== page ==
Guanosine increases axon and myelin sparing

Axons were labeled with antibodies against RT-97 (a neuronal cytoskeletal protein; Fig. 9a, b) and myelin was labeled with antibodies against MBP (a specific marker for myelin; Fig. 9c, d). The immunohistochemistry showed that there were more axons (red, Fig. 9b) and myelin (green, Fig. 9d) as well as myelinated axons (yellow, Fig. 9f) in the spinal cords from guanosine-treated animals than in the cords from saline-treated control rats (Fig. 9a, c, e), indicating that systemic administration of guanosine is associated with preservation of tissue including neuronal and glial elements.
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Fig. 9

Immunostaining with antibodies against RT-97 for labeling axons (a, b) and against myelin basic protein (MBP) for central myelin (c, d) at the lesion site demonstrated the spared tissue. Cross sections from saline-treated (a) and guanosine-treated cords (b) demonstrate a neurofilament (NF) immunoreactivity surrounding the lesion site. c, d Cross sections from saline-treated (c) and guanosine-treated cords reveal myelin at the lesion site. e, f Merger of the two images demonstrates NF (red) and MBP (green) double fluorescent immunolabeling. There were more spared axons and more myelin in the cords around the lesion site from guanosine-treated animals compared to the saline-treated group. Scale bar = 50 μm for all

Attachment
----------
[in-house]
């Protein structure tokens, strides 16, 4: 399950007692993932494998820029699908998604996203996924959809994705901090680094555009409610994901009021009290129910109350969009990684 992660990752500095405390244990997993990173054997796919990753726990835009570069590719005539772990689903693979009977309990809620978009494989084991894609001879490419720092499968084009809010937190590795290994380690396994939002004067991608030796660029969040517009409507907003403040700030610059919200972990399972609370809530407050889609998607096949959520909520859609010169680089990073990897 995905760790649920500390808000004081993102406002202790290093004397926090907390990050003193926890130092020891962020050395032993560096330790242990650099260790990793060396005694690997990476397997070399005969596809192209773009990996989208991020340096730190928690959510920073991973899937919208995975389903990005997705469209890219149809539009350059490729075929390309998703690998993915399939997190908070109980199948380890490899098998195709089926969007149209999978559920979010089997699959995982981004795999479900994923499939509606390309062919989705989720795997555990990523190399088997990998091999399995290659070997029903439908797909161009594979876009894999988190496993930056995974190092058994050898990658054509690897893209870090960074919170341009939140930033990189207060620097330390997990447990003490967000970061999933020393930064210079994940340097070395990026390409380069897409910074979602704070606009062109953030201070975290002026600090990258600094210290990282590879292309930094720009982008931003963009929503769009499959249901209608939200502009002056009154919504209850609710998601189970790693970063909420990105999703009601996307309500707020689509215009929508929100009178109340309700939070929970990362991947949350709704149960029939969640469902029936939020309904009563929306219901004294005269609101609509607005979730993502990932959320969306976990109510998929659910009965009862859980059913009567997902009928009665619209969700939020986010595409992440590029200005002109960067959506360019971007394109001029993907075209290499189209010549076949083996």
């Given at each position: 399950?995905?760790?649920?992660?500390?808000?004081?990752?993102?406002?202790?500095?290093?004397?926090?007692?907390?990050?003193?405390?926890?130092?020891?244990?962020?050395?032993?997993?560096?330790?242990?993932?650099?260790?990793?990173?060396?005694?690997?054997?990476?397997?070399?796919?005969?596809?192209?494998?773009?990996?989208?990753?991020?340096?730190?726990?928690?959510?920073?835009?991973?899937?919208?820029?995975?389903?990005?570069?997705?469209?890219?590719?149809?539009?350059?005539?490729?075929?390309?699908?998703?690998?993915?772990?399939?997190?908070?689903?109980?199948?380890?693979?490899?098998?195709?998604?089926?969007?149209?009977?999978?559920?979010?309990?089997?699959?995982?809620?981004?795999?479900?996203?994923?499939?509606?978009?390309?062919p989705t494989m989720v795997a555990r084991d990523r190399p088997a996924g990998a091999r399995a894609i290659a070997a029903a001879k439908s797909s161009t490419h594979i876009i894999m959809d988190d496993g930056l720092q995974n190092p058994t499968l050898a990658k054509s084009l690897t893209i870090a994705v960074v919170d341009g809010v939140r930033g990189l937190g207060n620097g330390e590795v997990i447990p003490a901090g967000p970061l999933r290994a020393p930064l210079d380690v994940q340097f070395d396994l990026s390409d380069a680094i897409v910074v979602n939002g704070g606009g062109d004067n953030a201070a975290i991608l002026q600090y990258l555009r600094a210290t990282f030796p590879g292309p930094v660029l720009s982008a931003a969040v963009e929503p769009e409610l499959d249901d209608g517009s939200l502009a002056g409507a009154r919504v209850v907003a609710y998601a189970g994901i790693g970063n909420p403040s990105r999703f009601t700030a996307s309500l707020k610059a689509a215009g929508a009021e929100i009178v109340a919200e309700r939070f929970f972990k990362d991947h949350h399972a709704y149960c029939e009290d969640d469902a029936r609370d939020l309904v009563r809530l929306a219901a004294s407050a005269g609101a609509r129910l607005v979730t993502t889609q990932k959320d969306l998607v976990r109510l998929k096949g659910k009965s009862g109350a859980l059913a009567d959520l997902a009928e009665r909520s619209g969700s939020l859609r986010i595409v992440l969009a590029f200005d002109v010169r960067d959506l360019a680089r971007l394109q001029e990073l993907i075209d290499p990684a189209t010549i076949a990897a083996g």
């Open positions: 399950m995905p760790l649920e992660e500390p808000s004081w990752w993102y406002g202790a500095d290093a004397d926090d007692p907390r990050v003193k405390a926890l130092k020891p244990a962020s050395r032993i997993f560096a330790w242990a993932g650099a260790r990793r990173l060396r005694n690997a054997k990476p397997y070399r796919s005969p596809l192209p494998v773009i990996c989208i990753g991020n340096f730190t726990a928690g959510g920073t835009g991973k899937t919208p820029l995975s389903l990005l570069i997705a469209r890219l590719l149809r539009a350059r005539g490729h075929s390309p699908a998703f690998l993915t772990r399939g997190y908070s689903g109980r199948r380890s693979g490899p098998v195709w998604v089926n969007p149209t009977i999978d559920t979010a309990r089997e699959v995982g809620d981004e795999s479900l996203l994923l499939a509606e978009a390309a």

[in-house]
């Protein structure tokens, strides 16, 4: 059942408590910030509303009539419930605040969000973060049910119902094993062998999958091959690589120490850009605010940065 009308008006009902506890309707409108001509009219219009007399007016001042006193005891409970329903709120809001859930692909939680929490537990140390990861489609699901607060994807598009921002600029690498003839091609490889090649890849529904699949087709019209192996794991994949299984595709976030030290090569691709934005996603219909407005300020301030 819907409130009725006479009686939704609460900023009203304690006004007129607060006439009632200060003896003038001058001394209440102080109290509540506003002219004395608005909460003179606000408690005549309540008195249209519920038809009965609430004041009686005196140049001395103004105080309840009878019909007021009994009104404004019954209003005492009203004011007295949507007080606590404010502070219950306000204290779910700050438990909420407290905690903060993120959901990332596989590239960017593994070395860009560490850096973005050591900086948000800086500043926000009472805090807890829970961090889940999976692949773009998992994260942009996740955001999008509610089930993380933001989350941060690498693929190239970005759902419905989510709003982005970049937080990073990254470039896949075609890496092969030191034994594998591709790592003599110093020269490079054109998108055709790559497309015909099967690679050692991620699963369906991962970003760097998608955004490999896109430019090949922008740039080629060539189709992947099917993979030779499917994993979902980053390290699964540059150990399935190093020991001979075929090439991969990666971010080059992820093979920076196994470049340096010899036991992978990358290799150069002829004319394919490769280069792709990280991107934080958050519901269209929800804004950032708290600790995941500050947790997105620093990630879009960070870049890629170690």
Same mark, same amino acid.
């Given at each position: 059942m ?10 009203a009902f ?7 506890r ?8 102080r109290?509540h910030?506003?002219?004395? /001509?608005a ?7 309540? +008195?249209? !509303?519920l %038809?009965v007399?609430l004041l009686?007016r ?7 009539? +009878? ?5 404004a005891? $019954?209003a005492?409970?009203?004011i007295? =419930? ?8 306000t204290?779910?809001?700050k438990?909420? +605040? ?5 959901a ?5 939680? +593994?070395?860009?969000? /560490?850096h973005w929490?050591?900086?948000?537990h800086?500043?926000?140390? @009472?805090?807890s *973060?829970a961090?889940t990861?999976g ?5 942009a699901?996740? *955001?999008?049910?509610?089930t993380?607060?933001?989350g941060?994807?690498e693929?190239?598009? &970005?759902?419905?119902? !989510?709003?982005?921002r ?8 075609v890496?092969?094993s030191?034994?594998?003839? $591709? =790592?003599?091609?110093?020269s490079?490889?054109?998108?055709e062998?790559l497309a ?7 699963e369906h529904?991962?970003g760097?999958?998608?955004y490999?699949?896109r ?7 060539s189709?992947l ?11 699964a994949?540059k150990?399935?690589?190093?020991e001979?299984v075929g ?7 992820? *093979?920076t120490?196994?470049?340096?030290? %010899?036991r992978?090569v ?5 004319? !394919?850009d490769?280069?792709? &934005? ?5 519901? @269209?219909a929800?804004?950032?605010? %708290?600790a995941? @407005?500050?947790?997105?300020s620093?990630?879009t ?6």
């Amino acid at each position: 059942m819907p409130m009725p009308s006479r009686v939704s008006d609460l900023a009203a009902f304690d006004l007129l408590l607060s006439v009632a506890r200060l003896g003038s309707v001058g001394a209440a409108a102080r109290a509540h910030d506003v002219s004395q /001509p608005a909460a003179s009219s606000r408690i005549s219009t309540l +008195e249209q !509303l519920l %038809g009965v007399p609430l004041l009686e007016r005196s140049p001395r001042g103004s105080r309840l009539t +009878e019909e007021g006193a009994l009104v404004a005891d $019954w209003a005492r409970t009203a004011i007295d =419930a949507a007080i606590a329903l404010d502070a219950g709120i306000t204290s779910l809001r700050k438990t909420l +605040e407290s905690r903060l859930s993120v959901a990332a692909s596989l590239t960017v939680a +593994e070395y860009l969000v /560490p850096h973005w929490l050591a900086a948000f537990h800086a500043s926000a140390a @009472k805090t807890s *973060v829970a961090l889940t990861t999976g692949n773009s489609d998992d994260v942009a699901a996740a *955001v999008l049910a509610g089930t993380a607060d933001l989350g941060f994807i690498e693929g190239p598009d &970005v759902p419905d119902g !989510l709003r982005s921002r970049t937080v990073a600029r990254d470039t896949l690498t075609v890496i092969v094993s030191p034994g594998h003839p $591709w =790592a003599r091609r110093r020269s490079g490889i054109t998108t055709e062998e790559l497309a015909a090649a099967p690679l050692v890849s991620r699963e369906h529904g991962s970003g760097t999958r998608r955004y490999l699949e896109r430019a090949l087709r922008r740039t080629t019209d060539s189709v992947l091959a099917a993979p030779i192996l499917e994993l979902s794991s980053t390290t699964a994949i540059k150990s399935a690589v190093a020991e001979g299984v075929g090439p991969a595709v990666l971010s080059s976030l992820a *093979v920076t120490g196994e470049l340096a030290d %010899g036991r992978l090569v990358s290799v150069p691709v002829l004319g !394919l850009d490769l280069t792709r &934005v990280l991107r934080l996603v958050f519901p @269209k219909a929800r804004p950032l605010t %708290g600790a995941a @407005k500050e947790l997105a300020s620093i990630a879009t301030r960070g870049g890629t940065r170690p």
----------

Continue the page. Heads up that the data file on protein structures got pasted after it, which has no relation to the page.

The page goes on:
Discussion

These data are the first to demonstrate the ability of guanosine to act as a neuroprotective agent in vivo. These findings have potential clinical relevance. Previous studies have shown that after central nervous system injuries, the concentrations of guanosine are elevated around the injury and in CSF, sometimes for prolonged periods [32, 52]. Given the various trophic and antiapoptotic effects of guanosine in vitro [28, 34, 35], it seemed likely that increasing the concentration of guanosine in the central nervous system after injury in vivo might also be neuroprotective. We found that within 7 min of systemic administration, guanosine enters and progressively accumulates in the central nervous system (unpublished data), where it is converted to guanine. It remains to be determined whether guanosine, guanine, or both are the active neuroprotective agent. However, guanosine is more readily deliverable than guanine as a potential neuroprotectant.